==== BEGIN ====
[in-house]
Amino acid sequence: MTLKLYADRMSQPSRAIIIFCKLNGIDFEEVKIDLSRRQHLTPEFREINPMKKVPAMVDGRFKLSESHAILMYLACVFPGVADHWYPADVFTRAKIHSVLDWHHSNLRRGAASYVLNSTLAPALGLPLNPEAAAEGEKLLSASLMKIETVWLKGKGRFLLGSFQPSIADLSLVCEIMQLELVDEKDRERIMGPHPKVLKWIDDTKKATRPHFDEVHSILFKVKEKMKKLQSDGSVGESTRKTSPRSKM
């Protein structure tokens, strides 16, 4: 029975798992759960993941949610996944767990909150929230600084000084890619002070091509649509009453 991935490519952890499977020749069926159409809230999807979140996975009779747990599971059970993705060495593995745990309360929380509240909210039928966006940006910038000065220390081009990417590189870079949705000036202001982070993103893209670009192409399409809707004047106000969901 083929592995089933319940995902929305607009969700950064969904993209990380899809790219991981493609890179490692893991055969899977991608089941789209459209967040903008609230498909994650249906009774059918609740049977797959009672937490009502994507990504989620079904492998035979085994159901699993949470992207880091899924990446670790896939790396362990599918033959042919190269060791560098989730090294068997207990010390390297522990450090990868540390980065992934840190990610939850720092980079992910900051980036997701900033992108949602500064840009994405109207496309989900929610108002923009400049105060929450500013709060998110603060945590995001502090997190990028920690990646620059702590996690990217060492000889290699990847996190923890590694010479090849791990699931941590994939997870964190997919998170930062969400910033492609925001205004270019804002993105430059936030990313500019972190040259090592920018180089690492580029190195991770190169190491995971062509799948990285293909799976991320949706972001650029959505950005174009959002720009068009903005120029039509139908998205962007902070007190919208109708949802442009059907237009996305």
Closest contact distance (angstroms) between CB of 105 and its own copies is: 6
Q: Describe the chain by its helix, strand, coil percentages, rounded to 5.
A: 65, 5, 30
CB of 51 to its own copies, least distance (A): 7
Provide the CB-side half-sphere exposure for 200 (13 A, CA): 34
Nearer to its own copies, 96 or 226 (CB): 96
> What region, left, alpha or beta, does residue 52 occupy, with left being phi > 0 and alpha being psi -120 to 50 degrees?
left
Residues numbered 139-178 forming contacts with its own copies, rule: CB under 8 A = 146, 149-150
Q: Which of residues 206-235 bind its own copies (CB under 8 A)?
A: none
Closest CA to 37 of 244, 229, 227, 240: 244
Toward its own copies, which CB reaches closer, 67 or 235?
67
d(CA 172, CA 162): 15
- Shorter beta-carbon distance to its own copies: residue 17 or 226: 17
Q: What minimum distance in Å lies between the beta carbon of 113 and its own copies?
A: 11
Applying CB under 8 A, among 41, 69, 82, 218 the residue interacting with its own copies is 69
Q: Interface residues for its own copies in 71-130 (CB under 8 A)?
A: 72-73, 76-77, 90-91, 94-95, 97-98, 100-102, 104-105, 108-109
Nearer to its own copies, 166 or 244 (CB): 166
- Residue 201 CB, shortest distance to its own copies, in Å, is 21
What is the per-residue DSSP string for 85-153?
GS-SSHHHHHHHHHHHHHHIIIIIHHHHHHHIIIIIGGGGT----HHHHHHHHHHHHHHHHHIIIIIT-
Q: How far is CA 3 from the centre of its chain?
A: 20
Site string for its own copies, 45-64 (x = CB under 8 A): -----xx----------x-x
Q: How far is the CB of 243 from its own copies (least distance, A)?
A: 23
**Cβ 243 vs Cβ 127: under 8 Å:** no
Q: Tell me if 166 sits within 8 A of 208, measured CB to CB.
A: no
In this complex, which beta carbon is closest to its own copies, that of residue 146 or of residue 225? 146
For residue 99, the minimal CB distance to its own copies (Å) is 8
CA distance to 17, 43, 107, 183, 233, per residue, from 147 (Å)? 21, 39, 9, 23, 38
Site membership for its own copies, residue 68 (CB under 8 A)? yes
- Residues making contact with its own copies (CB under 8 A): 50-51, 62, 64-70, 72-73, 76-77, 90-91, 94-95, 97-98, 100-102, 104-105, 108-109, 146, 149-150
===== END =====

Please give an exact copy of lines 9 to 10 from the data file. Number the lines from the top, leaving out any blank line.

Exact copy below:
Nearer to its own copies, 96 or 226 (CB): 96
> What region, left, alpha or beta, does residue 52 occupy, with left being phi > 0 and alpha being psi -120 to 50 degrees?